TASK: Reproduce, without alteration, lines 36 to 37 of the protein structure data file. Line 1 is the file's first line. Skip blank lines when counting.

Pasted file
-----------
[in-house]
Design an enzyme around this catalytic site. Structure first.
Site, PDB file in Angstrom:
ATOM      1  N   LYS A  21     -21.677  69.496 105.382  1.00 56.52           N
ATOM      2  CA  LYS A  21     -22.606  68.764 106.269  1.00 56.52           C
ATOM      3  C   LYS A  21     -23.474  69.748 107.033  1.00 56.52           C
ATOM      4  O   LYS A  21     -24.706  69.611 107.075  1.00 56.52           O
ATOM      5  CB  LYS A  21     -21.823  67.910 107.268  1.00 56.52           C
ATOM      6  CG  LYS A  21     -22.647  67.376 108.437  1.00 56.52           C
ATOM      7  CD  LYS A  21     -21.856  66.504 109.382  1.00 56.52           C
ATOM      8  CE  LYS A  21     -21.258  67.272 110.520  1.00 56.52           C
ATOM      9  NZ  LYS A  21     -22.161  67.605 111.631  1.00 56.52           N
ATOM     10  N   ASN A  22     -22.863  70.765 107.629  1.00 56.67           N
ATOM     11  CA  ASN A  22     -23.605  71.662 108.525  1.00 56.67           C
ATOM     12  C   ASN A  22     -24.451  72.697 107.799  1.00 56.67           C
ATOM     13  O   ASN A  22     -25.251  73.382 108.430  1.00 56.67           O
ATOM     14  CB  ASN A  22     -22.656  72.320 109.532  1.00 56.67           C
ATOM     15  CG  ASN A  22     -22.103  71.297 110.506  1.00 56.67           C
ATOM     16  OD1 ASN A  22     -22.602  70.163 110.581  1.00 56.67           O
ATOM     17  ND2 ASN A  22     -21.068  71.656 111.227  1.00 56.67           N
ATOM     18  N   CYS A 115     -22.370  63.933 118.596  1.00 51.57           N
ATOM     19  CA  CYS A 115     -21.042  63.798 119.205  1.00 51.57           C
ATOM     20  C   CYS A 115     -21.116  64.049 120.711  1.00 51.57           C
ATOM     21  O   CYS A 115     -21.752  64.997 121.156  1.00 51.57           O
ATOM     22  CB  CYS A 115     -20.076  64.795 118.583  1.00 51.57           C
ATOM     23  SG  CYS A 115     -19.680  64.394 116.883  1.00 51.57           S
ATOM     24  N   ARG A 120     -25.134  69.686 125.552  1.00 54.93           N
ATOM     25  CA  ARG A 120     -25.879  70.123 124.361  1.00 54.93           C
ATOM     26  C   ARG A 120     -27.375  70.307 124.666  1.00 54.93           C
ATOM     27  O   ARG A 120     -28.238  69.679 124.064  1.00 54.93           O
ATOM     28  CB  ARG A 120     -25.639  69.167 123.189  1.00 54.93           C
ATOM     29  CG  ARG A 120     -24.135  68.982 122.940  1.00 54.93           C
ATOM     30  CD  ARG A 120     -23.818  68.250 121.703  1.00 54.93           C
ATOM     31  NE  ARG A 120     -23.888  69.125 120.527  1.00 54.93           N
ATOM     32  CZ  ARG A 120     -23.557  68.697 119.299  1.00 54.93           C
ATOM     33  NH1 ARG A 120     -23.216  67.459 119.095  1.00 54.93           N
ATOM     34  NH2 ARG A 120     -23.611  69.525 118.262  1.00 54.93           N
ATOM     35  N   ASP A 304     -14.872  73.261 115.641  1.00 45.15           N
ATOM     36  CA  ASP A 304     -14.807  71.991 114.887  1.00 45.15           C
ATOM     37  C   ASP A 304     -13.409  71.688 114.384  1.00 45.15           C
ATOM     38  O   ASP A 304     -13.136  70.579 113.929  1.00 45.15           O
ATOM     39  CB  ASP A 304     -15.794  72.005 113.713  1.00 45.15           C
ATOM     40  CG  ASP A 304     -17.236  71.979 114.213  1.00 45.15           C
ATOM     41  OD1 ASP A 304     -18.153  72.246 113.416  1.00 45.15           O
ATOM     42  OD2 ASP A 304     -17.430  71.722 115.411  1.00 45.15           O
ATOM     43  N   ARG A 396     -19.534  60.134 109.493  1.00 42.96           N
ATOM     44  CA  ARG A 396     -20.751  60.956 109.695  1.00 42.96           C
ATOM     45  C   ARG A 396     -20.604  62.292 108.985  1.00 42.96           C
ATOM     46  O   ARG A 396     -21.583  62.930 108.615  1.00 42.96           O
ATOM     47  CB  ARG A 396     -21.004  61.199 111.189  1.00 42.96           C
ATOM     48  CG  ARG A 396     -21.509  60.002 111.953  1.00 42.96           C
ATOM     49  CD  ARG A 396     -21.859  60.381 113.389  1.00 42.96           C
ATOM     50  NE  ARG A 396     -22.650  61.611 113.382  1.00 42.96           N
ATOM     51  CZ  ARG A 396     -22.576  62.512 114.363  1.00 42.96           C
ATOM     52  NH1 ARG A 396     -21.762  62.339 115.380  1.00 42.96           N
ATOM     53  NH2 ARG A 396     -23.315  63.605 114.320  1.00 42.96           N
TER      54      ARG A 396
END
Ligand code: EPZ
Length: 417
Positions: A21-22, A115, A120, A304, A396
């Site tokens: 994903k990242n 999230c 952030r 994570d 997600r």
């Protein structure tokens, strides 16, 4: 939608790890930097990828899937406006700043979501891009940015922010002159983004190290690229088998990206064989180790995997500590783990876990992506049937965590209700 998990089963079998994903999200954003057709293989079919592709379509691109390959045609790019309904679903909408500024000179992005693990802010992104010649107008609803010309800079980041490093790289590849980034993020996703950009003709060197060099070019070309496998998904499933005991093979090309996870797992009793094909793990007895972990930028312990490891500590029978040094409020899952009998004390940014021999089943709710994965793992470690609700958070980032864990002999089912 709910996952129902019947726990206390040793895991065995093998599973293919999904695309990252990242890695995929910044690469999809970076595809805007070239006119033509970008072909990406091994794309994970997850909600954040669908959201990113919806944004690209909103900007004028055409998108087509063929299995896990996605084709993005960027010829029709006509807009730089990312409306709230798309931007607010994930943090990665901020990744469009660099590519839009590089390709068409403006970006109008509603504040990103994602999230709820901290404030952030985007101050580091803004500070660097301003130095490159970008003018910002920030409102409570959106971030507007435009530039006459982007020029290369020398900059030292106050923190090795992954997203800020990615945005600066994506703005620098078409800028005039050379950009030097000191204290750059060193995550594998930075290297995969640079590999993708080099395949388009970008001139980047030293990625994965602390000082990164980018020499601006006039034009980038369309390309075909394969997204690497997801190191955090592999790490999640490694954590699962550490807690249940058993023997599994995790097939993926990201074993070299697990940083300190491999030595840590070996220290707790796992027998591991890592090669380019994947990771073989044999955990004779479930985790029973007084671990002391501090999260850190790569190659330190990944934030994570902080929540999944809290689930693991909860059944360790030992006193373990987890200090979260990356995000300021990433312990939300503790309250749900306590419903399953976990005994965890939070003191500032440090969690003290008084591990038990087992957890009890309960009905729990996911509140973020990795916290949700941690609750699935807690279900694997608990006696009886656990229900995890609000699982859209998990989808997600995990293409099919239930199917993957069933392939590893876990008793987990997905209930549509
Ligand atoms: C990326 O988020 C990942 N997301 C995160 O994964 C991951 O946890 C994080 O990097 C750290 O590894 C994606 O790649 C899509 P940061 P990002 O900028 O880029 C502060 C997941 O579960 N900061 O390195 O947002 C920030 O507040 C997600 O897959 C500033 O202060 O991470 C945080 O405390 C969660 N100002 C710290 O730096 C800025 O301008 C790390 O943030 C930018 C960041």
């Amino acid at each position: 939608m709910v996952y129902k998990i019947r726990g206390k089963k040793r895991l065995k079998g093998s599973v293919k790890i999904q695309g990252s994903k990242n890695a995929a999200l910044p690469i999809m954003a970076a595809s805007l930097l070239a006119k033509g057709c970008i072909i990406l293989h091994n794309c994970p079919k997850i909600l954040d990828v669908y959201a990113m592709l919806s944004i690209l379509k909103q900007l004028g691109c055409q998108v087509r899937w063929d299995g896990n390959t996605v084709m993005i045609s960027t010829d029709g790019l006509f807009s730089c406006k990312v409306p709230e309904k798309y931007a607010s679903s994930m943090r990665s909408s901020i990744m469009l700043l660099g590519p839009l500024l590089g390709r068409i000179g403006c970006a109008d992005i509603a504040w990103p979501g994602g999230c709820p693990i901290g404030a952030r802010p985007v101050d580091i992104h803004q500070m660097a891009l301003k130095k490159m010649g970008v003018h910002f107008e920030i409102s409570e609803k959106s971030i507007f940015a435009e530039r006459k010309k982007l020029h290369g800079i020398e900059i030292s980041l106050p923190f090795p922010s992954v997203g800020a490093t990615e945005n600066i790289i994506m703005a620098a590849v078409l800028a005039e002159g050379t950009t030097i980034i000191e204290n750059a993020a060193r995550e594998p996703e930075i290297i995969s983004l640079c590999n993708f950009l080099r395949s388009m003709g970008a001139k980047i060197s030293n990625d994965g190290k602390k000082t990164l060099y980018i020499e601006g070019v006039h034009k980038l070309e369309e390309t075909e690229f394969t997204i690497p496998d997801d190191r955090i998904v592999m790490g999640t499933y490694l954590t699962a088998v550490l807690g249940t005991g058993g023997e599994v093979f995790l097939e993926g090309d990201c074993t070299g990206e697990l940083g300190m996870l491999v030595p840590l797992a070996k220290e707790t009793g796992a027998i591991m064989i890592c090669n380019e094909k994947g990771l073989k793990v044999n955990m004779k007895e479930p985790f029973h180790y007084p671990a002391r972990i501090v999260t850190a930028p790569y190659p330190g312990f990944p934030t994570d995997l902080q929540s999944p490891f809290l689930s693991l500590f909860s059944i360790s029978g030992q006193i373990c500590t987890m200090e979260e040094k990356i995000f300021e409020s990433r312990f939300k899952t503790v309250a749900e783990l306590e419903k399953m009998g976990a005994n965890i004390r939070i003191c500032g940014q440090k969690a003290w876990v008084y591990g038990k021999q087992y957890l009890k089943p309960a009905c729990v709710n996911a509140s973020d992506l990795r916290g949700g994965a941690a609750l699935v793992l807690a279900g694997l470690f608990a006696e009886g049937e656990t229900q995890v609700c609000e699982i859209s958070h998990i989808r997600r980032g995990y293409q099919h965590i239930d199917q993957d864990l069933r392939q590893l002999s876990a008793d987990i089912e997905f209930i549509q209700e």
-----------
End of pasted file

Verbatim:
ATOM     33  NH1 ARG A 120     -23.216  67.459 119.095  1.00 54.93           N
ATOM     34  NH2 ARG A 120     -23.611  69.525 118.262  1.00 54.93           N